Please turn to number 69 and join with the clarinets in “Jesus, Refuge of the Weary.”

Number: 69
First Line: Jesus, Refuge of the Weary
Meter: 8 7, 8 7. D.
Tempo: With movement
Music: Johann Thommen’s Christenschatz, 1745
Text: Girolamo Savonarola, 1452-98
Tr. Jane Francesca Wilde, 1826-96

Clarinet Arrangement: 0069.JesusRefugeOfTheWeary

The author of this hymn’s text was quite an interesting fellow!

Girolmo Savonarola from the wikipedia.

Girolamo Savonarola (Italian: [savonaˈrɔːla]; 21 September 1452 – 23 May 1498) was an Italian Dominican friar and preacher active in Renaissance Florence. He was known for his prophecies of civic glory, the destruction of secular art and culture, and his calls for Christian renewal. He denounced clerical corruption, despotic rule and the exploitation of the poor. He prophesied the coming of a biblical flood and a new Cyrus from the north who would reform the Church. In September 1494, when Charles VIII of France invaded Italy and threatened Florence, such prophesies seemed on the verge of fulfillment. While Savonarola intervened with the French king, the Florentines expelled the ruling Medici and, at the friar’s urging, established a “popular” republic. Declaring that Florence would be the New Jerusalem, the world center of Christianity and “richer, more powerful, more glorious than ever”,[1] he instituted a campaign of extreme austerity, enlisting the active help of Florentine youth.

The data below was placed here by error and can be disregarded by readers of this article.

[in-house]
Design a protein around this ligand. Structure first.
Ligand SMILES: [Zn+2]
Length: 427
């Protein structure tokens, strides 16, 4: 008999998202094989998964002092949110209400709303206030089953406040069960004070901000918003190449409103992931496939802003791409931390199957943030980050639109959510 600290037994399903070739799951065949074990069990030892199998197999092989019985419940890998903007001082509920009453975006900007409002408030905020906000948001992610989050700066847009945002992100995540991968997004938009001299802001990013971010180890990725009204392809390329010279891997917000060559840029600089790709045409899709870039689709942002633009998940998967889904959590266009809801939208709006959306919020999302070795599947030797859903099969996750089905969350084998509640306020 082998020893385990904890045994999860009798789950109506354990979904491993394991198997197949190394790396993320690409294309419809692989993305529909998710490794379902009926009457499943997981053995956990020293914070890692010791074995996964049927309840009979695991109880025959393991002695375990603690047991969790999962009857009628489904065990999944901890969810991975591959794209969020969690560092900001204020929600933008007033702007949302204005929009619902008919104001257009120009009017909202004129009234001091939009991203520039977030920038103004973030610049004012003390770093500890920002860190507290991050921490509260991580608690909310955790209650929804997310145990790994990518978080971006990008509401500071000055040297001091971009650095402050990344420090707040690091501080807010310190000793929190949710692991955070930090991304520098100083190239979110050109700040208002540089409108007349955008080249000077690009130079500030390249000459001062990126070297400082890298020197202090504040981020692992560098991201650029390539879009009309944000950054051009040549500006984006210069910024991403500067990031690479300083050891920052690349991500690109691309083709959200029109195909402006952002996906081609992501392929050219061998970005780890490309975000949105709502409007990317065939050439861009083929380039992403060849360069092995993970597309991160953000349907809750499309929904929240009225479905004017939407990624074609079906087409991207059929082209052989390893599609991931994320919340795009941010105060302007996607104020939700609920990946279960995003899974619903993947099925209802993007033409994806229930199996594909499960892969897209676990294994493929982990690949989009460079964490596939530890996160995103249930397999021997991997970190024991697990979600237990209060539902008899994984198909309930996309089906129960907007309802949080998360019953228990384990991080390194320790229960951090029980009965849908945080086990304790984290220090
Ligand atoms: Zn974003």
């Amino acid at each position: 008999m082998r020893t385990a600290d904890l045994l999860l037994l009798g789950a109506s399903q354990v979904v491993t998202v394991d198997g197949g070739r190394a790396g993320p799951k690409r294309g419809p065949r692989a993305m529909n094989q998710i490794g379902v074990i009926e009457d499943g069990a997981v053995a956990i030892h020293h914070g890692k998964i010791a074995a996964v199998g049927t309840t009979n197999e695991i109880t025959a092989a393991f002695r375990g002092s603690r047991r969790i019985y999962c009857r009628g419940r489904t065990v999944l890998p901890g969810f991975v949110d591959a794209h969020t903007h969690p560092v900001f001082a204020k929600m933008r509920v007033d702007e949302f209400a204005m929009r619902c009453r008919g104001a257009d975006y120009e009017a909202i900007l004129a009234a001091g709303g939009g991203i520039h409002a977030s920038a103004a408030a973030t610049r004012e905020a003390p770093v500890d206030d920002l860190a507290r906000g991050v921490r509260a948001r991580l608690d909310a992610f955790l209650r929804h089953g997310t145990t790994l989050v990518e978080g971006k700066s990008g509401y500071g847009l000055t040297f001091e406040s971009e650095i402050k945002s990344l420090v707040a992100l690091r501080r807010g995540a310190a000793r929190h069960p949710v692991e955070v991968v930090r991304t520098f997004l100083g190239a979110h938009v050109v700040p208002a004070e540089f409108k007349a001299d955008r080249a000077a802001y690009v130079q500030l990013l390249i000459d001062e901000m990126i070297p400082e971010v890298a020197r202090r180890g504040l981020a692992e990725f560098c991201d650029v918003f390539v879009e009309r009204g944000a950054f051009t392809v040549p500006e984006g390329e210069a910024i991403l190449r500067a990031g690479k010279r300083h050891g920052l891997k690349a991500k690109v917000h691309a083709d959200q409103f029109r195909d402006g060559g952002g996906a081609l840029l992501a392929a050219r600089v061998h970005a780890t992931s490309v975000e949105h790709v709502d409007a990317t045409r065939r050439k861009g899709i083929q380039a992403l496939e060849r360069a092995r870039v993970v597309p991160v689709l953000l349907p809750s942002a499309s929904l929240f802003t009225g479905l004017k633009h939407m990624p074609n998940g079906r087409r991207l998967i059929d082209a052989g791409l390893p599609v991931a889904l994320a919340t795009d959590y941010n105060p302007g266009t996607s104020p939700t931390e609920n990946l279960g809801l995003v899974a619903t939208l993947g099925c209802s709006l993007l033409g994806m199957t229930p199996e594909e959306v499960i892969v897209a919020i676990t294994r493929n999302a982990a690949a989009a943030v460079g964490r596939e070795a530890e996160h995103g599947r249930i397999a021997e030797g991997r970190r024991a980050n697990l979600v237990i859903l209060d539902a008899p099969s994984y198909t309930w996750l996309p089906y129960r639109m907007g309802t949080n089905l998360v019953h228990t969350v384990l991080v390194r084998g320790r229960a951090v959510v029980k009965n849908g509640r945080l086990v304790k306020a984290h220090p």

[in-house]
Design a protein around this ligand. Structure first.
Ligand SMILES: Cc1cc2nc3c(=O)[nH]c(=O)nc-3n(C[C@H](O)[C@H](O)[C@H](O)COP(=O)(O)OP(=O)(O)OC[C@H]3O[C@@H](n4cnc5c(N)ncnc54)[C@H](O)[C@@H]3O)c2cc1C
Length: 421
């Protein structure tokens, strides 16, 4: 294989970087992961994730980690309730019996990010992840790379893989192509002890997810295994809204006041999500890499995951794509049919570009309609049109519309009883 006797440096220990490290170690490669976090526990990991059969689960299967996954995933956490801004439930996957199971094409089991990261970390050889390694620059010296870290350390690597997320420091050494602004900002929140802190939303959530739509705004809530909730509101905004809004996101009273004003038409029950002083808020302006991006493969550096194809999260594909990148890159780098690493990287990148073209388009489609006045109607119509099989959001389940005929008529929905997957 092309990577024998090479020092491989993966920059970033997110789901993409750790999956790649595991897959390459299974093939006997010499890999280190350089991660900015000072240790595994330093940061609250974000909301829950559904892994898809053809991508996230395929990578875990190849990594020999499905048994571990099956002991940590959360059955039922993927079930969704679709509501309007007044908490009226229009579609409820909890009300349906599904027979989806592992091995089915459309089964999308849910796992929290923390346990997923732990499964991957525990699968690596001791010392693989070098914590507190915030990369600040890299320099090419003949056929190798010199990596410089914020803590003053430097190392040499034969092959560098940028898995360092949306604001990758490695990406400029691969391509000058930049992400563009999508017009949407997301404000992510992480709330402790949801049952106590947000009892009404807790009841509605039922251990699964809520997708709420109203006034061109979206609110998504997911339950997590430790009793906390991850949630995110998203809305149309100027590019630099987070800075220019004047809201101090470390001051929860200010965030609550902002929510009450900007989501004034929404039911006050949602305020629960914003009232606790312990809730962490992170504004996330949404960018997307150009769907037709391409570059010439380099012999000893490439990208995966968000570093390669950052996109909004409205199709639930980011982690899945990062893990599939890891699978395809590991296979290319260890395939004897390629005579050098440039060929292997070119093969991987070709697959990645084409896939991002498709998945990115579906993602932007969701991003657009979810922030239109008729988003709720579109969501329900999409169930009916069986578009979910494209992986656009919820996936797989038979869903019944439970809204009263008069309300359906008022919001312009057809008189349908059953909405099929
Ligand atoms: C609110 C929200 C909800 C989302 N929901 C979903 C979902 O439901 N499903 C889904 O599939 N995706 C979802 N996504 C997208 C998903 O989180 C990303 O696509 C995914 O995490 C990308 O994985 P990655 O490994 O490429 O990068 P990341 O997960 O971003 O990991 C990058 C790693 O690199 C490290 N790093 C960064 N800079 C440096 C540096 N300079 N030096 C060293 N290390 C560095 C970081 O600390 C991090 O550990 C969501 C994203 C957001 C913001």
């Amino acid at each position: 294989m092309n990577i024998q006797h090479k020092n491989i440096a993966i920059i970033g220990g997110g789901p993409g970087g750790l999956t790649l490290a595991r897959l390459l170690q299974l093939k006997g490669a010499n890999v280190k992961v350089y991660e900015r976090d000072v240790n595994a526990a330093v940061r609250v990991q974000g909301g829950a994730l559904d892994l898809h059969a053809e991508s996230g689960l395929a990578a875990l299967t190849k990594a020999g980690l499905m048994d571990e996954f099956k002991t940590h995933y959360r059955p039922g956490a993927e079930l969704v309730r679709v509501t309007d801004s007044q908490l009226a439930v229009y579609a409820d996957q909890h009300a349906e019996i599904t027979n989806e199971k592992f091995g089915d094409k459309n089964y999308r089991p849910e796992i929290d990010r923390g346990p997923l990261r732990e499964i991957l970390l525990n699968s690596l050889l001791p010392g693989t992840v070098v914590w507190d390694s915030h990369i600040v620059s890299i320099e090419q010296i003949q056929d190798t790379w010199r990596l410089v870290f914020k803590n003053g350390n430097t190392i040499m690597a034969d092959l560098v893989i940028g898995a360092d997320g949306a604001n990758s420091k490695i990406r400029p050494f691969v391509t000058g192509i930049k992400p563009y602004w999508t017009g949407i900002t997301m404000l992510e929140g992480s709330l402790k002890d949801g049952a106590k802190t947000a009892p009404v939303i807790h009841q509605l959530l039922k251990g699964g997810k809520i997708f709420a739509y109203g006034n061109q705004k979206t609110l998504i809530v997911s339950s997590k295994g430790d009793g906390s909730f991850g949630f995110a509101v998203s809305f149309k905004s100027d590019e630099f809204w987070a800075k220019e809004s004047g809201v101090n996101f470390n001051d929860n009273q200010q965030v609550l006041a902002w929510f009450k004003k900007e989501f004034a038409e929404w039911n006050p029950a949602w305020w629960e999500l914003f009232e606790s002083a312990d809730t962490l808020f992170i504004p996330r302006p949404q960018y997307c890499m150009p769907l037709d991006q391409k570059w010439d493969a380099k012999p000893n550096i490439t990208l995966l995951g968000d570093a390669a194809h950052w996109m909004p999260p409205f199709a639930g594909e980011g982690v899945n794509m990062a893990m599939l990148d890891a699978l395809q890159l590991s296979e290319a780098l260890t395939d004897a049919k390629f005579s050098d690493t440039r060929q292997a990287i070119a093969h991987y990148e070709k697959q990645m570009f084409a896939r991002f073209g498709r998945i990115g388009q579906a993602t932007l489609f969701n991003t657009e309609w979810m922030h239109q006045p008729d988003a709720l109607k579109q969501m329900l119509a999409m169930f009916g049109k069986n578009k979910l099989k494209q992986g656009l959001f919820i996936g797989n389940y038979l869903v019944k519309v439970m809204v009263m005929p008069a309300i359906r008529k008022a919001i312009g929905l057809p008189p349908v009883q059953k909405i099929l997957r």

In 1495 when Florence refused to join Pope Alexander VI’s Holy League against the French, the Vatican summoned Savonarola to Rome. He disobeyed and further defied the pope by preaching under a ban, highlighting his campaign for reform with processions, bonfires of the vanities, and pious theatricals. In retaliation, the Pope excommunicated him in May 1497, and threatened to place Florence under an interdict. A trial by fire proposed by a rival Florentine preacher in April 1498 to test Savonarola’s divine mandate turned into a fiasco, and popular opinion turned against him. Savonarola and two of his supporting friars were imprisoned. Under torture, Savonarola confessed that he had invented his visions and prophecies. On May 23, 1498, Church and civil authorities condemned, hanged, and burned the three friars in the main square of Florence.